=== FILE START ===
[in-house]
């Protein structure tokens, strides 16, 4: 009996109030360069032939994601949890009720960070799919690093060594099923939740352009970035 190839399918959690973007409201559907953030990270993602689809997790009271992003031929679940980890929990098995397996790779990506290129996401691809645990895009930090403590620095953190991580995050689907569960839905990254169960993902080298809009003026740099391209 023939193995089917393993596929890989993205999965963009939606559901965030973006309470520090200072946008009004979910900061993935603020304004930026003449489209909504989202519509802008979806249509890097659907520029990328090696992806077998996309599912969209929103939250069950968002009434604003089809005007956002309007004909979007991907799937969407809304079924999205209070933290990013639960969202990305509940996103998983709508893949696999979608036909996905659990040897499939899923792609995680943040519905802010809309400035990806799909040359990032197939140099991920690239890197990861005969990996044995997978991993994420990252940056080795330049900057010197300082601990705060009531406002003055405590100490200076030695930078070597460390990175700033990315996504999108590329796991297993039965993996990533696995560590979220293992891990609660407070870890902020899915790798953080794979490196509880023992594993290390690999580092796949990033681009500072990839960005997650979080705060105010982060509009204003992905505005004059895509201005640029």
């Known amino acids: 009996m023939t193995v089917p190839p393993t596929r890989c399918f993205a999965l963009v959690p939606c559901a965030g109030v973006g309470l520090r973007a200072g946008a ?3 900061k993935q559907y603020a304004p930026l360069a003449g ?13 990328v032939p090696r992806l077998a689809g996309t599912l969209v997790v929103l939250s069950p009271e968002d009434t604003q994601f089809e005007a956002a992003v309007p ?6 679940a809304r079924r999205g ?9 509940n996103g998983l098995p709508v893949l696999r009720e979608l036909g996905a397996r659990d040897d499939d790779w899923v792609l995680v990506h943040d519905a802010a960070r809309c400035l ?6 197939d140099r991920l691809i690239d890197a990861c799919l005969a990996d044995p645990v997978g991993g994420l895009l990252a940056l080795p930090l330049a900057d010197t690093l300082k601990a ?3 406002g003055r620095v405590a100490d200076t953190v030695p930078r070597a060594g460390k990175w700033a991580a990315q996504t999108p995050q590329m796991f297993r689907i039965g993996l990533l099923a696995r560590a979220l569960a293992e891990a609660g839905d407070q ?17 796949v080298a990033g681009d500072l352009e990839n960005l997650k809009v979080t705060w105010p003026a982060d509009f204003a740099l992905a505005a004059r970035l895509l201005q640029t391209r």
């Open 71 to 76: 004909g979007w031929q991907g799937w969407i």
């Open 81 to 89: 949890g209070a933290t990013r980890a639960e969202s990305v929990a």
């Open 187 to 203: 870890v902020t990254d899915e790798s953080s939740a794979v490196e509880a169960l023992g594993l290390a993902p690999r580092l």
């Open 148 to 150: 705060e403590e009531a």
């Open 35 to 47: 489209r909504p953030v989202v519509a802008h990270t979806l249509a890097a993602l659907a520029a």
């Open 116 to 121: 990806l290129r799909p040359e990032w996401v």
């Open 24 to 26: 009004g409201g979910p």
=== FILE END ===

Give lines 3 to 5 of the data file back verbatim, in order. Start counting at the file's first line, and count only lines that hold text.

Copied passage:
């Known amino acids: 009996m023939t193995v089917p190839p393993t596929r890989c399918f993205a999965l963009v959690p939606c559901a965030g109030v973006g309470l520090r973007a200072g946008a ?3 900061k993935q559907y603020a304004p930026l360069a003449g ?13 990328v032939p090696r992806l077998a689809g996309t599912l969209v997790v929103l939250s069950p009271e968002d009434t604003q994601f089809e005007a956002a992003v309007p ?6 679940a809304r079924r999205g ?9 509940n996103g998983l098995p709508v893949l696999r009720e979608l036909g996905a397996r659990d040897d499939d790779w899923v792609l995680v990506h943040d519905a802010a960070r809309c400035l ?6 197939d140099r991920l691809i690239d890197a990861c799919l005969a990996d044995p645990v997978g991993g994420l895009l990252a940056l080795p930090l330049a900057d010197t690093l300082k601990a ?3 406002g003055r620095v405590a100490d200076t953190v030695p930078r070597a060594g460390k990175w700033a991580a990315q996504t999108p995050q590329m796991f297993r689907i039965g993996l990533l099923a696995r560590a979220l569960a293992e891990a609660g839905d407070q ?17 796949v080298a990033g681009d500072l352009e990839n960005l997650k809009v979080t705060w105010p003026a982060d509009f204003a740099l992905a505005a004059r970035l895509l201005q640029t391209r």
């Open 71 to 76: 004909g979007w031929q991907g799937w969407i």
């Open 81 to 89: 949890g209070a933290t990013r980890a639960e969202s990305v929990a």